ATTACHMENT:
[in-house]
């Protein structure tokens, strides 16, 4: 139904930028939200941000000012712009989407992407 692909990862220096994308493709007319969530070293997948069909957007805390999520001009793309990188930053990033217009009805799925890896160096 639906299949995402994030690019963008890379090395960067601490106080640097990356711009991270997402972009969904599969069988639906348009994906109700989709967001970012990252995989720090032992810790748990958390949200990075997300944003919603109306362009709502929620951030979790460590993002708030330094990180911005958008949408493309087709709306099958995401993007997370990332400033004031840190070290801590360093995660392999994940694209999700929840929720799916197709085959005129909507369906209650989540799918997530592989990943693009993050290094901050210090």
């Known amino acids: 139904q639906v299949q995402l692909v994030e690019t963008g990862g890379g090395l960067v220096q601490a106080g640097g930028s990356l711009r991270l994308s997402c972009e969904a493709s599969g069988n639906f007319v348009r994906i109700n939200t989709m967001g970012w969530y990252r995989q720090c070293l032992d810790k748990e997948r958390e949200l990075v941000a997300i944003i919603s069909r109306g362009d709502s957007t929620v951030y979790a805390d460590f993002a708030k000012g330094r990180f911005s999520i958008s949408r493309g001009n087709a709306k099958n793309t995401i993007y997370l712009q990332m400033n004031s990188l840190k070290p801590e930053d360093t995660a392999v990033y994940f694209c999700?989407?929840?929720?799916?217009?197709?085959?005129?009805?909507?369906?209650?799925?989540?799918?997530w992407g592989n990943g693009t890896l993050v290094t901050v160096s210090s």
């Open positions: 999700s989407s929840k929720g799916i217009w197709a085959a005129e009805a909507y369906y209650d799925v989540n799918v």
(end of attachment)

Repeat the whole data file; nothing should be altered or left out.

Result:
[in-house]
């Protein structure tokens, strides 16, 4: 139904930028939200941000000012712009989407992407 692909990862220096994308493709007319969530070293997948069909957007805390999520001009793309990188930053990033217009009805799925890896160096 639906299949995402994030690019963008890379090395960067601490106080640097990356711009991270997402972009969904599969069988639906348009994906109700989709967001970012990252995989720090032992810790748990958390949200990075997300944003919603109306362009709502929620951030979790460590993002708030330094990180911005958008949408493309087709709306099958995401993007997370990332400033004031840190070290801590360093995660392999994940694209999700929840929720799916197709085959005129909507369906209650989540799918997530592989990943693009993050290094901050210090």
């Known amino acids: 139904q639906v299949q995402l692909v994030e690019t963008g990862g890379g090395l960067v220096q601490a106080g640097g930028s990356l711009r991270l994308s997402c972009e969904a493709s599969g069988n639906f007319v348009r994906i109700n939200t989709m967001g970012w969530y990252r995989q720090c070293l032992d810790k748990e997948r958390e949200l990075v941000a997300i944003i919603s069909r109306g362009d709502s957007t929620v951030y979790a805390d460590f993002a708030k000012g330094r990180f911005s999520i958008s949408r493309g001009n087709a709306k099958n793309t995401i993007y997370l712009q990332m400033n004031s990188l840190k070290p801590e930053d360093t995660a392999v990033y994940f694209c999700?989407?929840?929720?799916?217009?197709?085959?005129?009805?909507?369906?209650?799925?989540?799918?997530w992407g592989n990943g693009t890896l993050v290094t901050v160096s210090s």
């Open positions: 999700s989407s929840k929720g799916i217009w197709a085959a005129e009805a909507y369906y209650d799925v989540n799918v």